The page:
When Misty Copeland was named principal dancer for the American Ballet Theatre this week, her achievement was noted because she is the First African-American Woman to hold this position. Of course she was already known in the ballet world as she worked her way up to this recognition, but her fame has extended beyond the sphere of classical dance.
Misty Copeland did not begin dancing until she was a young teenager. In spite of being told that it was too late for her to become a ballerina, she trained and progressed rapidly. She was en pointe within a few months and within two years she placed first in the Los Angeles Music Center Spotlight Awards. That award provided offers from the Joffrey Ballet, American Ballet Theatre, Dance Theater of Harlem and Pacific Northwest Ballet for places in their summer workshops. She selected San Francisco Ballet, but would later study in the Summer Intensive Program at American Ballet Theatre. ABT then offered her (and five others out of 150) a place in their junior dance troupe.
In the last decade Misty Copeland has been visible internationally and in mass media. In 2009 she appeared in a performance at the National Center for the Performing Arts in Beijing. The ABT engagement was the first by an American ballet company at the new Chinese arts center. In 2011 Misty was selected as one of 37 Boundary-breaking black women in entertainment by Essence magazine. By 2015 she was named one of Time magazine’s 100 Most Influential People (in the world). She was also profiled within the last year on “60 Minutes.”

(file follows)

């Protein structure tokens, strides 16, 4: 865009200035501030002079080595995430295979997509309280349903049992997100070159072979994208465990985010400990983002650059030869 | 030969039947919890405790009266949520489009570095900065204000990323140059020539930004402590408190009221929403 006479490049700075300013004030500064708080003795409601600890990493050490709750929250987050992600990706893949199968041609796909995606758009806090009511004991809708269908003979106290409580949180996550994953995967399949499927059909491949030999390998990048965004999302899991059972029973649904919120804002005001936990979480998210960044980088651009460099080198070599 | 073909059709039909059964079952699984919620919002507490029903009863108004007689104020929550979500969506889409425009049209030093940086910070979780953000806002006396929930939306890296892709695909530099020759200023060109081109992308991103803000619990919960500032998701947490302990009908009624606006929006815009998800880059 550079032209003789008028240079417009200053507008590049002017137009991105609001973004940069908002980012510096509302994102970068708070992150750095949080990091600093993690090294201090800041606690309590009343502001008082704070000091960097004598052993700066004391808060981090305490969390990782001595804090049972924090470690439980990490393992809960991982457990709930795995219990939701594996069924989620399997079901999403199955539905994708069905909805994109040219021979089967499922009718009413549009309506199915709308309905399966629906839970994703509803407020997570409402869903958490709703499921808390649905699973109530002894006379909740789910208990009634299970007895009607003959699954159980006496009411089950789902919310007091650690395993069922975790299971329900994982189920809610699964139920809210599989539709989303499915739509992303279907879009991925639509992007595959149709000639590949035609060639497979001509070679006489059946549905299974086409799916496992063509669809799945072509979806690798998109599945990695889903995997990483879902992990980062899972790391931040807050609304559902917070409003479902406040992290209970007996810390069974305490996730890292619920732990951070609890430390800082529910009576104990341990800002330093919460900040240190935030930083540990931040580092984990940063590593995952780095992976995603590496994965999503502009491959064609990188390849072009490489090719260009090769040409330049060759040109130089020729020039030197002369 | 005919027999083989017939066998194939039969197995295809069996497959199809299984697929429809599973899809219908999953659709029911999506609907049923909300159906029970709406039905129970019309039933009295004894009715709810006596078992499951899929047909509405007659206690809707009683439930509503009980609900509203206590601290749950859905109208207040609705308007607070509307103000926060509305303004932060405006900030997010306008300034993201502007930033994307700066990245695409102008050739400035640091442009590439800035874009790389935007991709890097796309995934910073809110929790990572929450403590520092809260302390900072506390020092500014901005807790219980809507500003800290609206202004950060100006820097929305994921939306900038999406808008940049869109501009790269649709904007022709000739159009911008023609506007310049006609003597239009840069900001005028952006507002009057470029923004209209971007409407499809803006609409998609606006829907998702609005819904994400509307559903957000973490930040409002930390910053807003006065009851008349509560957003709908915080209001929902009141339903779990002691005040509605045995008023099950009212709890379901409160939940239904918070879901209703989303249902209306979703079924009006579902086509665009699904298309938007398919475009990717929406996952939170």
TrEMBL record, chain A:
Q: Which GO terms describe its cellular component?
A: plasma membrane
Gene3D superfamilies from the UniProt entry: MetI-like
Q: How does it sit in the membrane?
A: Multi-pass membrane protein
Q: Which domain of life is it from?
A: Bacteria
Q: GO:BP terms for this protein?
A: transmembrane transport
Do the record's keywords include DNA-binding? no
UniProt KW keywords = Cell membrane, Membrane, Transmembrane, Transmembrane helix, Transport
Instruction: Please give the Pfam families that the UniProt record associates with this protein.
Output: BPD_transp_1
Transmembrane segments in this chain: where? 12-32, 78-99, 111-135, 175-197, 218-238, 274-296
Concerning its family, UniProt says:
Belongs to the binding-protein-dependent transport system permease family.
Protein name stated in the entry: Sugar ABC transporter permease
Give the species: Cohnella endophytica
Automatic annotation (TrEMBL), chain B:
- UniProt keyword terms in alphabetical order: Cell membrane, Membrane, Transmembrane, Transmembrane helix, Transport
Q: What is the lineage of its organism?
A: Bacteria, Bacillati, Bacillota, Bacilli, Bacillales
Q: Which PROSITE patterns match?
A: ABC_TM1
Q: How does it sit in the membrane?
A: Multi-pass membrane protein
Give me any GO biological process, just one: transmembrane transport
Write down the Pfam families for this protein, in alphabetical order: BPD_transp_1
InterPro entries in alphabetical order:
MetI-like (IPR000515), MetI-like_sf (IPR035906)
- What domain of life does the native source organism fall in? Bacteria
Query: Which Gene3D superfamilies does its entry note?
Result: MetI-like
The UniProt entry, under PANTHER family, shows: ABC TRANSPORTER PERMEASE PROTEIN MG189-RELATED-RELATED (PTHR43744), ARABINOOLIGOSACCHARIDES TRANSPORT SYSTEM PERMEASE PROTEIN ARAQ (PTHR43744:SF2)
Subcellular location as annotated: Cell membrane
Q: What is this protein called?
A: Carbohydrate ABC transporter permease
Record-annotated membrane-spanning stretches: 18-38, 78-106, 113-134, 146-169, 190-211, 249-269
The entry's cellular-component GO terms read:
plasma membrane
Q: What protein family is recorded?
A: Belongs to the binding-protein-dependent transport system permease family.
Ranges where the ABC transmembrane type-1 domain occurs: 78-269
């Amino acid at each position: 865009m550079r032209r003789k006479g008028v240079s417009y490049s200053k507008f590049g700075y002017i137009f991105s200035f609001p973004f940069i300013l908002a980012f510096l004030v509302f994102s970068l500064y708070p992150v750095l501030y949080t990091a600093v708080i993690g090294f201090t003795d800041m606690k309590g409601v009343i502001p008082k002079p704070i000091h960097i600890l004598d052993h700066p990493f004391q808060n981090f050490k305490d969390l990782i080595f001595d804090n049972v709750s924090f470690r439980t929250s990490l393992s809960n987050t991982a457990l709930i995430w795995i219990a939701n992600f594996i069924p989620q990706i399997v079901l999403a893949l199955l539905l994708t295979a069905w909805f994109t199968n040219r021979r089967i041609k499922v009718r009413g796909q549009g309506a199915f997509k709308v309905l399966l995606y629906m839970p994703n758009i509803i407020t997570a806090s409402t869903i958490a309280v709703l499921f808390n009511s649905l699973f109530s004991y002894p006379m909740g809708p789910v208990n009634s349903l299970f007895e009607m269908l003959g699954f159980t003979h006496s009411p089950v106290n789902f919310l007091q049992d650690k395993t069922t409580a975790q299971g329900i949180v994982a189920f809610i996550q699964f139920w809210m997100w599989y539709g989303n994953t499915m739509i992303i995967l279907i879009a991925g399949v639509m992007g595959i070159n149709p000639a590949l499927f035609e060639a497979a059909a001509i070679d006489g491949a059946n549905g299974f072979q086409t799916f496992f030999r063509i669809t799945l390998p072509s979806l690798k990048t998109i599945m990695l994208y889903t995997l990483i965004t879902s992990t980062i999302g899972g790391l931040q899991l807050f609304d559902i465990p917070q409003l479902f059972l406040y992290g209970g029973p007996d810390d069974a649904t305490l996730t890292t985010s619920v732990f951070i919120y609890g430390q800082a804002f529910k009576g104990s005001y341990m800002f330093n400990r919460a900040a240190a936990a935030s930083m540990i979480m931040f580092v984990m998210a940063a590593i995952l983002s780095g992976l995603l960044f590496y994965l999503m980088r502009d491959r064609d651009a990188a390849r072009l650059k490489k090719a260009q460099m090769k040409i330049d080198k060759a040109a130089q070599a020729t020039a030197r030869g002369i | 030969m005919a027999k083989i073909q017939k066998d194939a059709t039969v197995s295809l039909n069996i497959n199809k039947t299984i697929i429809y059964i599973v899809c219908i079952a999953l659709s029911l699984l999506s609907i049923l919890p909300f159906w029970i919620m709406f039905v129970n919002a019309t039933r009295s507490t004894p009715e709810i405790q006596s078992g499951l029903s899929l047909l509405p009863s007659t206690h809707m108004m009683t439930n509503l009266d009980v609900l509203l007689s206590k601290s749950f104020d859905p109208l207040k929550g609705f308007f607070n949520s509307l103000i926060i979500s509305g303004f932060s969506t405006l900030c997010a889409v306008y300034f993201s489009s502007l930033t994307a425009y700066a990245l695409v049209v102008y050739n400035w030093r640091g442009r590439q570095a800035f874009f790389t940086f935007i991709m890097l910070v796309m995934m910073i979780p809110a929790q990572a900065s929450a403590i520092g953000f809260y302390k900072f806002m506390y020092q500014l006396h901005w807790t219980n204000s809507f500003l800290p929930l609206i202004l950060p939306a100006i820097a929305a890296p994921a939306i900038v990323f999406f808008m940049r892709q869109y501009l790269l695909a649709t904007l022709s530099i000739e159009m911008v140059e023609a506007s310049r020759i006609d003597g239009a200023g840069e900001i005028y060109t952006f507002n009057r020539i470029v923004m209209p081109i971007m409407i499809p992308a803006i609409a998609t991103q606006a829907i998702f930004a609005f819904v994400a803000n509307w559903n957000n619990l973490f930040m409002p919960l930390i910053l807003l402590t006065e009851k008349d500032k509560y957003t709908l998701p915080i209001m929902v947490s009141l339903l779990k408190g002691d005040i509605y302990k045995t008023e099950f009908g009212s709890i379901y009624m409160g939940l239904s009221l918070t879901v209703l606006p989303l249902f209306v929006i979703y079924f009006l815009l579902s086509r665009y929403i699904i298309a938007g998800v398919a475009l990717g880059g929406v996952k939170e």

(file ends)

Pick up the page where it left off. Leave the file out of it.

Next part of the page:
She has brought new audience members to ballet, perhaps because she dances across the gaps between classical and popular tastes. The same year she danced in Beijing, she danced on a piano top for a Prince video. Although she idolized the Argentine principal ballerina Paloma Herrera after seeing her dance, she did not abandon her earlier admiration for the music of Mariah Carey.
Her influence might be likened to Brandi Chastain. Not many people paid attention to women’s soccer until the 1999 World Cup. Few forget the moment after USA won the cup and Brandi Chastain removed her shirt as if saying, “Here I am world. This is the power of a woman’s body.” Misty Underwood conveyed the same message last year when she danced in her Under Armour for a commercial as part of their “I Will What I Want” campaign. The ad had four million views within one week.
During the ad a young girl reads the rejection letter received by Misty Copeland when she started dancing. We can admire the strong body she developed but also the persistence that marks her character. She provides inspiration to women of all ages.